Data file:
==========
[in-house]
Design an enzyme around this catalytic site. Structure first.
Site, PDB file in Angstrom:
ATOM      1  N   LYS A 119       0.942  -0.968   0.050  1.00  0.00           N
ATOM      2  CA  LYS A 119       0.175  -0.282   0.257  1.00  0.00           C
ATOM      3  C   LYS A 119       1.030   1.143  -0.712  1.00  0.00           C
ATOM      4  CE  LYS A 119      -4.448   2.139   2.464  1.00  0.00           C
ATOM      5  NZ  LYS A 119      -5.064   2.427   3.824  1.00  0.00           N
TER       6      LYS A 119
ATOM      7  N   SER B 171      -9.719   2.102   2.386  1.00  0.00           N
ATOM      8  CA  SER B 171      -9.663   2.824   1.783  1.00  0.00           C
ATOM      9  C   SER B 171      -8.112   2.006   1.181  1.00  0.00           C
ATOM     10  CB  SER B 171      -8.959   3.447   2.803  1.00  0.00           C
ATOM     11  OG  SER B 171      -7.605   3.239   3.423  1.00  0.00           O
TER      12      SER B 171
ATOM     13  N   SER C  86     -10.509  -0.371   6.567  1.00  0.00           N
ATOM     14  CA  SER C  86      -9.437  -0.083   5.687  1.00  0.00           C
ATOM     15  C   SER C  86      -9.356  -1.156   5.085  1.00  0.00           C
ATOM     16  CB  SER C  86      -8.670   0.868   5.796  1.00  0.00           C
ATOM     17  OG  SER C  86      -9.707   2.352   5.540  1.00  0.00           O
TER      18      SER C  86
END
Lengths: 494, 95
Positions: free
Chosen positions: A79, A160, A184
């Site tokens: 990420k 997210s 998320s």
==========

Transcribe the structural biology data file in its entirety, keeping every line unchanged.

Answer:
[in-house]
Design an enzyme around this catalytic site. Structure first.
Site, PDB file in Angstrom:
ATOM      1  N   LYS A 119       0.942  -0.968   0.050  1.00  0.00           N
ATOM      2  CA  LYS A 119       0.175  -0.282   0.257  1.00  0.00           C
ATOM      3  C   LYS A 119       1.030   1.143  -0.712  1.00  0.00           C
ATOM      4  CE  LYS A 119      -4.448   2.139   2.464  1.00  0.00           C
ATOM      5  NZ  LYS A 119      -5.064   2.427   3.824  1.00  0.00           N
TER       6      LYS A 119
ATOM      7  N   SER B 171      -9.719   2.102   2.386  1.00  0.00           N
ATOM      8  CA  SER B 171      -9.663   2.824   1.783  1.00  0.00           C
ATOM      9  C   SER B 171      -8.112   2.006   1.181  1.00  0.00           C
ATOM     10  CB  SER B 171      -8.959   3.447   2.803  1.00  0.00           C
ATOM     11  OG  SER B 171      -7.605   3.239   3.423  1.00  0.00           O
TER      12      SER B 171
ATOM     13  N   SER C  86     -10.509  -0.371   6.567  1.00  0.00           N
ATOM     14  CA  SER C  86      -9.437  -0.083   5.687  1.00  0.00           C
ATOM     15  C   SER C  86      -9.356  -1.156   5.085  1.00  0.00           C
ATOM     16  CB  SER C  86      -8.670   0.868   5.796  1.00  0.00           C
ATOM     17  OG  SER C  86      -9.707   2.352   5.540  1.00  0.00           O
TER      18      SER C  86
END
Lengths: 494, 95
Positions: free
Chosen positions: A79, A160, A184
């Site tokens: 990420k 997210s 998320s």